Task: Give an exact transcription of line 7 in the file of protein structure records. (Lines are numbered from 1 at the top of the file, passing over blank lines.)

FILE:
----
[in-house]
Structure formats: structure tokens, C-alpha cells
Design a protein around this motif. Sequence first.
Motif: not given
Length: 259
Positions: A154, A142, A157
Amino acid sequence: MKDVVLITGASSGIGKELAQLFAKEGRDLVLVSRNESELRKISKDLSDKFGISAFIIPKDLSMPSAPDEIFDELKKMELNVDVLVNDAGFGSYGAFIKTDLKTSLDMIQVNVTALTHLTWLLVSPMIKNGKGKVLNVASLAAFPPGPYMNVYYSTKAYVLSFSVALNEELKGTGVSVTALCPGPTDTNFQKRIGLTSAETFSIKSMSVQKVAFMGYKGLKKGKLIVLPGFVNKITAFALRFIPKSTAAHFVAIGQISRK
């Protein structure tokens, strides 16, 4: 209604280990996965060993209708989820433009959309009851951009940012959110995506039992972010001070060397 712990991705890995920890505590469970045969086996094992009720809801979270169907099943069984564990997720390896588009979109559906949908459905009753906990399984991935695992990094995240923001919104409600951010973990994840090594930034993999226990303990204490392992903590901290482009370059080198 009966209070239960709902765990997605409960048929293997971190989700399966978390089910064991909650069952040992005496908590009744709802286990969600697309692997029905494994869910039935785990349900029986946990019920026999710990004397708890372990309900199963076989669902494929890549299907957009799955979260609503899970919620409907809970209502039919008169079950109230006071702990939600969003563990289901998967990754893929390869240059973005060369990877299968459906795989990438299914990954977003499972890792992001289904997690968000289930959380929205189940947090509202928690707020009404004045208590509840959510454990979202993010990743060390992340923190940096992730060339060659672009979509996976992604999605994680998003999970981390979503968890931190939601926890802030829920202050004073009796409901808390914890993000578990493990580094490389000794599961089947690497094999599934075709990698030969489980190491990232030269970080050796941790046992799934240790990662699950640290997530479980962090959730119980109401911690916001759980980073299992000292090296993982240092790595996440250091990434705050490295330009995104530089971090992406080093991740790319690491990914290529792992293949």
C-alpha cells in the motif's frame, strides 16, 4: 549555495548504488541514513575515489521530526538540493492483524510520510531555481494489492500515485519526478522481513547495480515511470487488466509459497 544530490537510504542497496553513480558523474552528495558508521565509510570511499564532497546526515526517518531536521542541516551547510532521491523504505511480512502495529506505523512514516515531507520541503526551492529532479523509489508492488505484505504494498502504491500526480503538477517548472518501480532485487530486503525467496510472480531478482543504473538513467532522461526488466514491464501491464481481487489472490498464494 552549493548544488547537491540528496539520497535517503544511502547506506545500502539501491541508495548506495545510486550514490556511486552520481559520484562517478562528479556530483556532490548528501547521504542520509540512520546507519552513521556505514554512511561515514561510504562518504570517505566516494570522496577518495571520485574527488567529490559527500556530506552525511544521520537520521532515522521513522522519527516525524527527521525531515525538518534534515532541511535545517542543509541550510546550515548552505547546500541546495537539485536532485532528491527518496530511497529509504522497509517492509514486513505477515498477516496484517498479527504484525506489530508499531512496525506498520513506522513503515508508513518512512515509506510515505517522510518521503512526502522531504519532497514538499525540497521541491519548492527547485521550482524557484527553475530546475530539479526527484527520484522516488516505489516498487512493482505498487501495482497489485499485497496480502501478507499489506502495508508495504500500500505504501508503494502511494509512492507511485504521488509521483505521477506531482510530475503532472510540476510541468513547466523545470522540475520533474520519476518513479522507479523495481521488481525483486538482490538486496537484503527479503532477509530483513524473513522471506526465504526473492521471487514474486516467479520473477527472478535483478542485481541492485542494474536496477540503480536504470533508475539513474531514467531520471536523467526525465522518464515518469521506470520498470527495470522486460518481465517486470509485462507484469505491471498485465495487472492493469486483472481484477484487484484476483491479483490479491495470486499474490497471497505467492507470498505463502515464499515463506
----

Amino acid sequence: MKDVVLITGASSGIGKELAQLFAKEGRDLVLVSRNESELRKISKDLSDKFGISAFIIPKDLSMPSAPDEIFDELKKMELNVDVLVNDAGFGSYGAFIKTDLKTSLDMIQVNVTALTHLTWLLVSPMIKNGKGKVLNVASLAAFPPGPYMNVYYSTKAYVLSFSVALNEELKGTGVSVTALCPGPTDTNFQKRIGLTSAETFSIKSMSVQKVAFMGYKGLKKGKLIVLPGFVNKITAFALRFIPKSTAAHFVAIGQISRK